Based on these results, we focused on the roles of BLOS2 and Myrlysin in IR-S cells. Knockdown of BLOS2 or Myrlysin suppressed the increase in Arl8b binding with SKIP in IR-S cells (Fig. 5d and Supplementary Fig. 5b). Consistent with a previous study27, the protein level of Myrlysin was reduced by the knockdown of BLOS2, and vice versa (Supplementary Fig. 5c). Arl8b-HA-transfected MDA-MB-231 cells were used to measure the distribution of Arl8b in cancer cells. BLOS2 or Myrlysin silencing partly suppressed the association of Arl8b-HA and LAMP1-positive lysosomes with or without IR treatment (Fig. 5e). Silencing of BLOS2 or Myrlysin inhibited the increased peripheral distribution of lysosomes and invasion activity in IR-S MDA-MB-231 cells (Fig. 5f–i and Supplementary Fig. 5d), but cell viability was not affected (Supplementary Fig. 5e). These results indicate that BORC-subunits are required for the enhanced invasion mediated by active Arl8b in highly invasive cancer cells that survive IR.
IR increases BORC gene expression via the ATM-Sp1 axis
As mentioned in the introduction, IR can regulate gene expression through the activation of transcription factors29. Therefore, to determine the mechanism by which IR increases the expression of BORC, we turned our attention to IR-activated transcription factors. Several transcription factors have been reported to be activated after IR treatment, such as Sp142, p5343, and NF-κB5. We used ENCODE (www.encodeproject.org) and the JASPAR (jaspar.genereg.net) transcription factor target database to identify transcription factors that may bind to the promoter regions of BLOC1S2 and BORCS5. After comparing the predicted transcription factors with reported IR-activated transcription factors, we focused on Sp1 as a potential target. We found that the knockdown of Sp1 by siRNAs (Fig. 6a) suppressed not only the mRNA expression of BLOC1S2 and BORCS5 but also the IR-induced expression of BLOC1S2 and BORCS5 (Fig. 6b). We confirmed at the protein level that the phosphorylation of Sp1 at Ser-101, which increased after IR treatment, is partially dependent on ATM (Fig. 6c). ATM is a DNA damage sensor44 that activates several transcription factors after IR-induced DNA damage29. Finally, to confirm that Sp1 increases the DNA transcription of BLOC1S2 and BORCS5, chromatin immunoprecipitation (ChIP)-qPCR was performed. After IR treatment, the binding of Sp1 to the promoters of BLOC1S2 and BORCS5 was increased (Fig. 6d). These results indicate that the activation of Sp1 regulates the increased expression of the BORC-subunits BLOS2 and Myrlysin after IR treatment.
Arl8b is essential for increased metastasis of IR-S cells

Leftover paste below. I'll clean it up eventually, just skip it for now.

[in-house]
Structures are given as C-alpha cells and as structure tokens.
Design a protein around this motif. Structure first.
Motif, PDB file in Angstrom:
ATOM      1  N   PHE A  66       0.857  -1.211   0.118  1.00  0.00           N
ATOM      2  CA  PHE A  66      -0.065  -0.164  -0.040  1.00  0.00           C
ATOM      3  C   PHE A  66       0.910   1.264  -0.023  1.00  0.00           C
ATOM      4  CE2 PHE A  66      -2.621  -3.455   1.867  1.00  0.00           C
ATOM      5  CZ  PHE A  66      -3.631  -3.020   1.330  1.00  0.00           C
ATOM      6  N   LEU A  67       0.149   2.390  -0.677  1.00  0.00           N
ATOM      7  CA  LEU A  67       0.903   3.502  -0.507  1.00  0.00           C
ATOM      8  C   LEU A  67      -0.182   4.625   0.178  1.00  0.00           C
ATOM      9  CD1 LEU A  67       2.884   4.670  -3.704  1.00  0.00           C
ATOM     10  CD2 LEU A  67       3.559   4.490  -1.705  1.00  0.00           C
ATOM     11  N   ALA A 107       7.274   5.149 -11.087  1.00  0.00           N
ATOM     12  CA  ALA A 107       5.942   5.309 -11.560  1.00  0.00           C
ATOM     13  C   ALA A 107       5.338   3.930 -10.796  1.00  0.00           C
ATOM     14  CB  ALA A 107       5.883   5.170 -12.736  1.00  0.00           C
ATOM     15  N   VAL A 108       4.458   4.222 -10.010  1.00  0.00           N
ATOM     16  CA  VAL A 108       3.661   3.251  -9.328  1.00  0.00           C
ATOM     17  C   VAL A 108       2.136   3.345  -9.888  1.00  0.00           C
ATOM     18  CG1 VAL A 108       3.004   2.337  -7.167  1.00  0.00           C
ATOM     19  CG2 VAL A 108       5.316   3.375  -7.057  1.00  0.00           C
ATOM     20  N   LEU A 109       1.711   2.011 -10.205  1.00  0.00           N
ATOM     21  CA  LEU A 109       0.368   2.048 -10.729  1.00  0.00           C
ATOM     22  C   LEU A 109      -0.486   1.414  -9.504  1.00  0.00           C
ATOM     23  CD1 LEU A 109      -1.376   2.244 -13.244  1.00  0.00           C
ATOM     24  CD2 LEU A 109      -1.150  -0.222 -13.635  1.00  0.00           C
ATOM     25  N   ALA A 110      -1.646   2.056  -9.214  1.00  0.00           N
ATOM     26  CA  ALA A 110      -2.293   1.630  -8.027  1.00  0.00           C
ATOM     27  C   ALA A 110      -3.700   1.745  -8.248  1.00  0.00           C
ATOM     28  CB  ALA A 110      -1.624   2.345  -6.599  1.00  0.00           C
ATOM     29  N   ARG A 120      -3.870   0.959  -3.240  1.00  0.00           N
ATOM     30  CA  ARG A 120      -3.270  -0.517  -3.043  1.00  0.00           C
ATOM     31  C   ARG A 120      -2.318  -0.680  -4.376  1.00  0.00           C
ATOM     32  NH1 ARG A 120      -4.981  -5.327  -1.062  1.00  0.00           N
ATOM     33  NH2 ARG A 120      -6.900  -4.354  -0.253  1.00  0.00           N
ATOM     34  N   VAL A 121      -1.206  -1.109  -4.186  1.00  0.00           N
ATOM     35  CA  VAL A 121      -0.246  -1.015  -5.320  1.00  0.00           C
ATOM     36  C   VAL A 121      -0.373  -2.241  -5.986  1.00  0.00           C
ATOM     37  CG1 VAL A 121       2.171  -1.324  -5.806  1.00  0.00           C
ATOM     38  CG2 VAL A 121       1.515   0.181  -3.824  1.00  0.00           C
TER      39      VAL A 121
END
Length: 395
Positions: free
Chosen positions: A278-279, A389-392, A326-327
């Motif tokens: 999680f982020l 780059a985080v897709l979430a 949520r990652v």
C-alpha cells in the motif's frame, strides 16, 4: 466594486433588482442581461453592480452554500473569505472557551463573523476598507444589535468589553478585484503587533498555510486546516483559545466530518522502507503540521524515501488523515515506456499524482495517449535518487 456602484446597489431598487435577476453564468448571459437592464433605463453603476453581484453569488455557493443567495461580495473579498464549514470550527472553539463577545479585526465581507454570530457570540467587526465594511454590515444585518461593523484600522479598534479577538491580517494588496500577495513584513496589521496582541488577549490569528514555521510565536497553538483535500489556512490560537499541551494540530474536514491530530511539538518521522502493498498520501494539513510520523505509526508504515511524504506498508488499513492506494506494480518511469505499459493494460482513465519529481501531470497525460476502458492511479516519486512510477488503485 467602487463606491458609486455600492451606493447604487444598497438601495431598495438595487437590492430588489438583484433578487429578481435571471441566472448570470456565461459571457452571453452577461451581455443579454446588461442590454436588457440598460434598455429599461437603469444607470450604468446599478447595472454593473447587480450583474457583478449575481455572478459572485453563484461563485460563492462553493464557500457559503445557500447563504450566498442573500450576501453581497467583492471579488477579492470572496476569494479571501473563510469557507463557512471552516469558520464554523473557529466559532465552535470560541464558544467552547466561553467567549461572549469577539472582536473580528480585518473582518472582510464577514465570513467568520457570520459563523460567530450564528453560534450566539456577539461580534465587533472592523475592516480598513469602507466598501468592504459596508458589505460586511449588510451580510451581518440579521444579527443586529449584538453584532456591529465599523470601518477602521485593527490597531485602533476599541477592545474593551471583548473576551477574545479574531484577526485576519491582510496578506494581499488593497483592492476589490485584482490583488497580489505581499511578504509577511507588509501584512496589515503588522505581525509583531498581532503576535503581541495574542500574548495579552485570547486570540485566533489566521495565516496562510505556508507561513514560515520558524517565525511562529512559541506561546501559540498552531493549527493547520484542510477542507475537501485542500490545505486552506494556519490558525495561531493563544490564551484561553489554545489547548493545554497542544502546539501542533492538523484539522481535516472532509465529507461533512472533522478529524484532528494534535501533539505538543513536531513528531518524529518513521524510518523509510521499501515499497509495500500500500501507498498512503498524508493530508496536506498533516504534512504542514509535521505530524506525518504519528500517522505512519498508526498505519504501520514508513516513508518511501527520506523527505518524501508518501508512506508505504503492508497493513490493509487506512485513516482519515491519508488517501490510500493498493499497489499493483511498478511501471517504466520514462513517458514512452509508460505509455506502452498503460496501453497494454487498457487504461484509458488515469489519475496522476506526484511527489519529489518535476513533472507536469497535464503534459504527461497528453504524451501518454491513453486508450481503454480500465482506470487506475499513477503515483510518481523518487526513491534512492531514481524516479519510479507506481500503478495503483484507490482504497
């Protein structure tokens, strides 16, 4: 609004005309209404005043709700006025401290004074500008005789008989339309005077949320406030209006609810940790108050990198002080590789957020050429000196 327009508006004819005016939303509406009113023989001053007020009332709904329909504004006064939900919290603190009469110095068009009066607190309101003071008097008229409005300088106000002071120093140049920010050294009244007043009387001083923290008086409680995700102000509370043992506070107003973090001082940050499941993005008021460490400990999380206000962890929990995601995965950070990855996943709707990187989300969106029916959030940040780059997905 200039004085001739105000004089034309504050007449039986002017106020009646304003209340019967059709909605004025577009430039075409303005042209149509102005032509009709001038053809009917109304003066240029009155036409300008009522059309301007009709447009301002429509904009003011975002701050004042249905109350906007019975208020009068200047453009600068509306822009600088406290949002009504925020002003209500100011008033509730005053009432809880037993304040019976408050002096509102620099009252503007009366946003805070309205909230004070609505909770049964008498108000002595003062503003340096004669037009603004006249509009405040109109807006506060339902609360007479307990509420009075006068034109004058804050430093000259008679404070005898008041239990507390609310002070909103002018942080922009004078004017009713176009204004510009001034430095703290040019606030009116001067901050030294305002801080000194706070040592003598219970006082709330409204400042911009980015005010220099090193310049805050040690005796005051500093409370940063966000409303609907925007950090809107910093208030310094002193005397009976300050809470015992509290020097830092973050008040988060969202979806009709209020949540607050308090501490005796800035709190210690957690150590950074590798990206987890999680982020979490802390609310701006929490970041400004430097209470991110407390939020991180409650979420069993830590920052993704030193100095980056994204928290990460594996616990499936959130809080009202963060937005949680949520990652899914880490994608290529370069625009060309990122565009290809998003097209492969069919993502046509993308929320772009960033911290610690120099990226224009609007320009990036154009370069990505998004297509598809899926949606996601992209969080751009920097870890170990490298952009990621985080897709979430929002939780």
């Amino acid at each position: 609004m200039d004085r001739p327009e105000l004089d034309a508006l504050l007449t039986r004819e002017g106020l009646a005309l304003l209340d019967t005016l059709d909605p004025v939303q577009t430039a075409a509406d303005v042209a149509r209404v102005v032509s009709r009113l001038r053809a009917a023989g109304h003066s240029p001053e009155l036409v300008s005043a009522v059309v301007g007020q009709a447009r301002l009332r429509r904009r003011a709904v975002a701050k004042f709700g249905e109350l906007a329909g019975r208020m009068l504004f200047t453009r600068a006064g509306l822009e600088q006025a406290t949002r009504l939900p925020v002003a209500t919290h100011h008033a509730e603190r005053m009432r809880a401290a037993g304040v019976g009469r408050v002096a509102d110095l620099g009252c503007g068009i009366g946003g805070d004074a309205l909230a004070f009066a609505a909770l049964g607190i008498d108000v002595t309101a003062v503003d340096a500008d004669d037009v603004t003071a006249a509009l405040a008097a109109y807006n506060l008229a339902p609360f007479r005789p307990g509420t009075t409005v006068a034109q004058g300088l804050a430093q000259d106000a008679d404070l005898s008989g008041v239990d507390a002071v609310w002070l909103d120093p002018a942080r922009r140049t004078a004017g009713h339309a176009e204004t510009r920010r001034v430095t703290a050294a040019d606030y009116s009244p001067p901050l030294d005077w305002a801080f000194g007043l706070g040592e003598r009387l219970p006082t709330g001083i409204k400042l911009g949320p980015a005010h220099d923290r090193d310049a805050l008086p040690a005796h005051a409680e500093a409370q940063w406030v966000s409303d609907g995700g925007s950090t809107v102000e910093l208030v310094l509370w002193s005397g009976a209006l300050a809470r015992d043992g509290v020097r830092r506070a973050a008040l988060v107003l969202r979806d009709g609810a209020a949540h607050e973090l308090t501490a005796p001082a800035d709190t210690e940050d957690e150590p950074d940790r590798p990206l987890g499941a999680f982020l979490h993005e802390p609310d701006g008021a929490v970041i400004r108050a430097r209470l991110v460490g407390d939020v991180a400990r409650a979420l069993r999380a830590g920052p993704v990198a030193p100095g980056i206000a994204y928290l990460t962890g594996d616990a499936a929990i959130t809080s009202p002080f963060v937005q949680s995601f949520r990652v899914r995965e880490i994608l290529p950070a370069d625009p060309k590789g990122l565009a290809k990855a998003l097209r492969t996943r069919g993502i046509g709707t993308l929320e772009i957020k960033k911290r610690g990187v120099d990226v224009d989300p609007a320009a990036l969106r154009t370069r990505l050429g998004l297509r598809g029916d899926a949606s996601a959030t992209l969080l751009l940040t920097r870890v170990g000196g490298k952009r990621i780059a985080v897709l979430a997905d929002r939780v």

The association of cancer invasion with tumor growth and metastasis was indicated by recent lysosomal proteases studies, including research on MMP-339,45, MT1-MMP40,46, cathepsin B47,48, and cathepsin D49. Due to the significant effect of Arl8b on highly invasive cancer cells that survive IR, we sought to validate whether Arl8b is required for invasive tumor growth and metastasis in a mouse model. To examine the roles of Arl8b in cells that survive treatment with 4 Gy IR, 4T1-Luc cells stably expressing redshifted Luciola italica luciferase were irradiated, following which the IR-S population was selected for 2 days in vitro and then subcutaneously injected into nude mice (Fig. 7a). Consistent with the previous work50, tumor growth was significantly increased in IR-S cells compared with nonirradiated cells (Fig. 7b, c). However, shRNA-mediated knockdown of Arl8b in 4T1-Luc cells (Supplementary Figs. 4d and 6) effectively suppressed the IR-induced increase in invasive tumor growth in the mice (Fig. 7b, c). To determine the viability of tumor cells in each group, the expression of Ki-67 (a cell proliferation marker) was analyzed by immunohistochemical staining (Fig. 7d). The percentage of proliferating cells (Ki-67-positive cells) was higher in IR-S cells (Fig. 7e). A previous clinical study reported that high levels of Ki-67 positively correlate with a high incidence of lymph node metastasis51. We then validated that Arl8b is involved in the distal metastasis of IR-S tumor cells using in vivo imaging and hematoxylin and eosin (H&E) staining of lung tissues. Arl8b knockdown effectively inhibited the IR-induced lung metastasis of IR-S cells in mice (Fig. 7f–h). These results suggested that IR-S cells are characterized by increased tumor growth and metastatic potential, which were suppressed by Arl8b knockdown. Taken together, and consistent with the data obtained in vitro, these in vivo results indicate that Arl8b, a regulator of lysosomal exocytosis, is essential for the increased tumor growth and metastasis of highly invasive cancer cells that survive IR.
Recent studies have demonstrated possible molecular mechanisms to explain the increased invasiveness of cancer cells that survive IR5,6,7. In this study, we show that increased lysosomal exocytosis in IR-S cells, which may affect the release of proteases, led to increased ECM degradation. Our findings also illuminate the molecular mechanism underlying the increased lysosomal exocytosis in IR-S cells, which is regulated by Arl8b and BORC.